Tenijieth, the councilmember, explained that the White Mountain Apache Tribe is caught in a difficult position when it comes to expelling Wels from East Fork. “We can take that land back if we want to, but nobody has brought it up because there is a school there,” she explained. “Even though they are twisting the children’s minds, it is still a better school than others. We need to stand strong. Keep your language strong. Teach your children how to speak Apache … that’s the reason why we’re a sovereign nation.”

Christopher Columbus frightens the Carib people into assisting him by predicting an eclipse of the moon in Jamaica in 1504. Photograph: Frederic Lewis/Getty Images

There is a straight line between the beliefs that underwrote Christopher Columbus’s claims to the Americas and the current attitudes of religious leaders on the reservation.

Columbus modeled the essence of the 1493 papal decree the doctrine of discovery, which consecrated any “new” territory not yet inhabited by Christians for the Christian world. When Columbus landed in the Americas, he claimed it for both Catholicism and Spain, officially intertwining religion with real estate.

In 1845, the doctrine of discovery was reminted for the country’s largely Protestant population as the doctrine of manifest destiny – the spiritual right for new Americans to expand westward and claim all territory in the name of “progress”.

Year after year, new policies were drafted to ensure that the Indigenous nations already living westward would help keep pioneers who chose to cross the Mississippi River safe. Treaties were signed under the illusion that the US government would honor land rights and cultural identity.

But in 1883, the Office of Indian Affairs, within the Department of Interior, established the Code of Indian Offenses, making it illegal to participate in traditional ceremonies. It wasn’t until 1978, with the passing of the American Indian Religious Freedom Act, that participating in the Sunrise Dance was decriminalized.

The establishment of the Office of Indian Affairs paved the way for the 1887 Dawes Act, which divided tribal lands into allotments and included a provision that entitled religious organizations that worked with Indigenous people to keep up to 160 acres of federal land to support their missions.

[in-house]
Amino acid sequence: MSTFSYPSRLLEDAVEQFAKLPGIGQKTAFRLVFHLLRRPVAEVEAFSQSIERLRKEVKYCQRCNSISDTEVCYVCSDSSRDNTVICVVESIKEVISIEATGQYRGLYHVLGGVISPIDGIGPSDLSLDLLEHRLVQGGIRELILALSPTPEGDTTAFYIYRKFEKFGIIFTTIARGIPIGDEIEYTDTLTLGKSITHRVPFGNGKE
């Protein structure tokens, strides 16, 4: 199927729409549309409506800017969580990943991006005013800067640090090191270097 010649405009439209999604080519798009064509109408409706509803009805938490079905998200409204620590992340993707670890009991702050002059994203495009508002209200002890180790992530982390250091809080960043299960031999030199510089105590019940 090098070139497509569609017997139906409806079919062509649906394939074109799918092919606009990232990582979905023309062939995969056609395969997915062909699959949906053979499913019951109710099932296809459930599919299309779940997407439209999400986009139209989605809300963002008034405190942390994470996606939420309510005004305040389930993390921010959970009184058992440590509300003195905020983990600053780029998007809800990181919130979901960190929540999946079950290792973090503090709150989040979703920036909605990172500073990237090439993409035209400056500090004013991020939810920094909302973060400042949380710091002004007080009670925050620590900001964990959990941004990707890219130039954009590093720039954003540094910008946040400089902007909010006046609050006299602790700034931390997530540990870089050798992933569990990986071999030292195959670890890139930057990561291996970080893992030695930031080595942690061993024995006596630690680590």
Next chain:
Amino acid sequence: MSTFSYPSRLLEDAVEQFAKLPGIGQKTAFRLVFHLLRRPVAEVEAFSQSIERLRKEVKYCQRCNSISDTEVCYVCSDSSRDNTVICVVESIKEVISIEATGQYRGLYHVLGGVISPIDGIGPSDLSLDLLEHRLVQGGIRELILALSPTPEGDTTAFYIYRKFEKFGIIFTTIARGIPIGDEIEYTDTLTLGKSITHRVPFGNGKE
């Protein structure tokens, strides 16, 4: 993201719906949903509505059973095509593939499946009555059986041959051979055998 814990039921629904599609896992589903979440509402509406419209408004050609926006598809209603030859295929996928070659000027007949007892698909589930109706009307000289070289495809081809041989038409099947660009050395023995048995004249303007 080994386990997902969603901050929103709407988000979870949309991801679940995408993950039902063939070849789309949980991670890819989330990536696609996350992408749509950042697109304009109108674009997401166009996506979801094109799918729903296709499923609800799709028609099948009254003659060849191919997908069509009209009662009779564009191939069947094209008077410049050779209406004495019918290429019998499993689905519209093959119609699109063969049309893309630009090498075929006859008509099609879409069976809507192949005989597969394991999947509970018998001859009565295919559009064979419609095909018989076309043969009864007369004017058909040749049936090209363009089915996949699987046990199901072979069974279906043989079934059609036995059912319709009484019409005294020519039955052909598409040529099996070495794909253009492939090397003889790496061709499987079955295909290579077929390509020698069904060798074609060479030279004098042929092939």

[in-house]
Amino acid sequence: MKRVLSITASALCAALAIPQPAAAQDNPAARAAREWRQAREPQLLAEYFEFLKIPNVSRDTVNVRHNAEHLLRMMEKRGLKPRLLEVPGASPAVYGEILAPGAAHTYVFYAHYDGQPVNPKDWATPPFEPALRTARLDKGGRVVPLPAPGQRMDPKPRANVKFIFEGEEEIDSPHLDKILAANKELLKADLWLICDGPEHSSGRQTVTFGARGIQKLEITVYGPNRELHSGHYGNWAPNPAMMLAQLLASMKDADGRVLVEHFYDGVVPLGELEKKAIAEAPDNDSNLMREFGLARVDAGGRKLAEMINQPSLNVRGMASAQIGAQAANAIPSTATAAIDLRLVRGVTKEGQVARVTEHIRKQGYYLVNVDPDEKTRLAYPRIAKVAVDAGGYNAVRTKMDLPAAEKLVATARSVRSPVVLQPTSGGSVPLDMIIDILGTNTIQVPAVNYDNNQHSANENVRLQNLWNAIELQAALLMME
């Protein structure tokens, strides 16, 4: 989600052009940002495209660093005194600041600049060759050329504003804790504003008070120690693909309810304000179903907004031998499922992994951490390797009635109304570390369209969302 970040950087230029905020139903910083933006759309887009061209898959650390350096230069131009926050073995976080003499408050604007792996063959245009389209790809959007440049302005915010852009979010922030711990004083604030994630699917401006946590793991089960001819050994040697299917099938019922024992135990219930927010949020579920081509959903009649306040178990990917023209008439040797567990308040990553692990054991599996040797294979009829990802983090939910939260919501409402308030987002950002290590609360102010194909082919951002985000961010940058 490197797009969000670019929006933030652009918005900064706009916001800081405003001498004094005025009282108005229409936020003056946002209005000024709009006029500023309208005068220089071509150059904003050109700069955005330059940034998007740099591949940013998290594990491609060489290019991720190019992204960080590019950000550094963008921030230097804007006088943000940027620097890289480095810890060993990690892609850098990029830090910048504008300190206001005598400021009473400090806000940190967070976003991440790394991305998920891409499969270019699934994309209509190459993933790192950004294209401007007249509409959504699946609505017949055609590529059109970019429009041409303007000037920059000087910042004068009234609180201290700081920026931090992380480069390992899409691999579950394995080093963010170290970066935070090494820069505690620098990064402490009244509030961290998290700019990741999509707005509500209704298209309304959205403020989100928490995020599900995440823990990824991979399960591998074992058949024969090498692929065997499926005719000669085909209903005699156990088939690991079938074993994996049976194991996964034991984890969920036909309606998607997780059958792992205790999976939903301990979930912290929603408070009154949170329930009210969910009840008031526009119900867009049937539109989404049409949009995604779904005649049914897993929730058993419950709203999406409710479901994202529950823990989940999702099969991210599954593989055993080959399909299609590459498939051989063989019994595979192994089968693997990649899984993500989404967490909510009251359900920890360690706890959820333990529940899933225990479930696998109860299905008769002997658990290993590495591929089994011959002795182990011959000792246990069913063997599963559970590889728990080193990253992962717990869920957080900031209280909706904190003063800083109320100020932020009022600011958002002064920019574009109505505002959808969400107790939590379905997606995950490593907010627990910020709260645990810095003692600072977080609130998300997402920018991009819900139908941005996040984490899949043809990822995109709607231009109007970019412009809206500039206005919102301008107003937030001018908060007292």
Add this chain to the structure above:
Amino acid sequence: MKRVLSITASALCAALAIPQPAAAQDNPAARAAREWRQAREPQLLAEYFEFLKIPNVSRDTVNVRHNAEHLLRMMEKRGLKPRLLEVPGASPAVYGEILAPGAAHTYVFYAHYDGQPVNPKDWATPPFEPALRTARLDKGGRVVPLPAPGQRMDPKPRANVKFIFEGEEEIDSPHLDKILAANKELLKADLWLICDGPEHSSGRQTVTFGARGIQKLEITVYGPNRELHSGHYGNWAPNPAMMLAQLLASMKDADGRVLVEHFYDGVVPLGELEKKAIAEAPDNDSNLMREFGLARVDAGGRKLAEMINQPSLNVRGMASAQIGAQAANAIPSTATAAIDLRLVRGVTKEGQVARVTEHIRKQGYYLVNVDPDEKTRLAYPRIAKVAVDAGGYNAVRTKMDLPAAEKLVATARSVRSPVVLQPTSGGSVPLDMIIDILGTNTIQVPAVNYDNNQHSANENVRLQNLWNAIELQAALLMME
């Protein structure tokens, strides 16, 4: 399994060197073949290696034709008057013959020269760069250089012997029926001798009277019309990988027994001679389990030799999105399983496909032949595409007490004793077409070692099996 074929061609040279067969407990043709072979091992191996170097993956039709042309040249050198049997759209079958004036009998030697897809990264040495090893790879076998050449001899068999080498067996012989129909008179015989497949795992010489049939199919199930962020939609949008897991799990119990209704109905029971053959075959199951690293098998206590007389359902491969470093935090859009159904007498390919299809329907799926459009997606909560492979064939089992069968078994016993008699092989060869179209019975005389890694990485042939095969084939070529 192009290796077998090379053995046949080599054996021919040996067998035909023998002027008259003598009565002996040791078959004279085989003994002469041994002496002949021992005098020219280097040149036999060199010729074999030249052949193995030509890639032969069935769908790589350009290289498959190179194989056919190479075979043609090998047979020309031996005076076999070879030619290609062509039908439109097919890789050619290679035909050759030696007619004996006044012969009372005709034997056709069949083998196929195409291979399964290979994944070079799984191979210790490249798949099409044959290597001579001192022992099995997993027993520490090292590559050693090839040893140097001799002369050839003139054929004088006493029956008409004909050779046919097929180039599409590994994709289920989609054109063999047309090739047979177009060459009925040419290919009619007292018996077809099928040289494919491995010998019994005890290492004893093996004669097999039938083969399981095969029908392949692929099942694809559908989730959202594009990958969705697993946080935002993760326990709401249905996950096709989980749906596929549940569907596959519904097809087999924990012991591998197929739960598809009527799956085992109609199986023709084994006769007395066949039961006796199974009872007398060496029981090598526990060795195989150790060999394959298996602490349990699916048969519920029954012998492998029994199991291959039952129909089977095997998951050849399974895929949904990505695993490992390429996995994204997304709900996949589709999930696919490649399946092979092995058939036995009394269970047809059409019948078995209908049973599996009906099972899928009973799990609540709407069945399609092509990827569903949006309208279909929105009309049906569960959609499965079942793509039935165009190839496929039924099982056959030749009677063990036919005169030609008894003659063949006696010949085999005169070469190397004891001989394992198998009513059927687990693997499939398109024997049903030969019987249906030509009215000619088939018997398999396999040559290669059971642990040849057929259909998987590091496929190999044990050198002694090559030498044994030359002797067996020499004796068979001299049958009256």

To this day, these churches still draw from the spiritual legacies of Christian missions and receive funding from off-reservation congregations under that definition. Global Ministries of the United Methodist church spent over $11m in 2022 for missionary services. Wels spent $661,018 just for the Apache missions and over $23.5m for all missions, as laid out in its most recent report, from 2023.

Wels first came to Arizona in 1892, five years after the Dawes Act. When it was clear that exterminating the Apache people would not be possible, the federal government engaged Christian denominations working with the military to force the assimilation of the Indigenous people. RH Pratt, the superintendent of the first “industrial” boarding school under this policy, coined the term that embodied the philosophy behind these institutions: “Kill the Indian in him, and save the man.”

The St Francis of Assisi church.

Federal boarding school policy allowed the military to forcibly remove Apache children from their families and send them to industrial schools in an attempt to militarize and alter their identities. They were forbidden to practice their religion or speak their language, and reports of physical and sexual abuse were common. Many children never returned home.

If an Indigenous child was found outside during school hours, Indigenous police were appointed to snatch the child and deliver them to a school under the US military’s jurisdiction. If a parent sought to hide their child, they could be imprisoned or cut off from food and other necessary daily supplies.

Apache children were kidnapped and taken as far as Pennsylvania, where they were forced to fully assimilate into Anglo-Christian society. Their clothes were burned, their language forgotten. Many children died of disease, neglect or abuse. And while the number of deaths is not yet known, it is believed that Apache children comprise a quarter of the graves at Carlisle Indian Industrial school.

To think that 1800s attitudes towards Apache children have changed would be a mistake.

Outside of the Wels mission, volunteers of other denominations drive around in colorful buses and still pick children up throughout the reservation, whether on the side of the road or other public areas. They take them to play games and learn about their version of Jesus and then drop the kids off again where they found them hours before. Parents are not always told or asked permission.

Ministry members post on social media about the good they are doing by “be[ing] the hands and feet of Jesus to some of the most vulnerable kids in our nation”. They then post pictures of themselves surrounded by garbage, validating their projection of vulnerability on these families.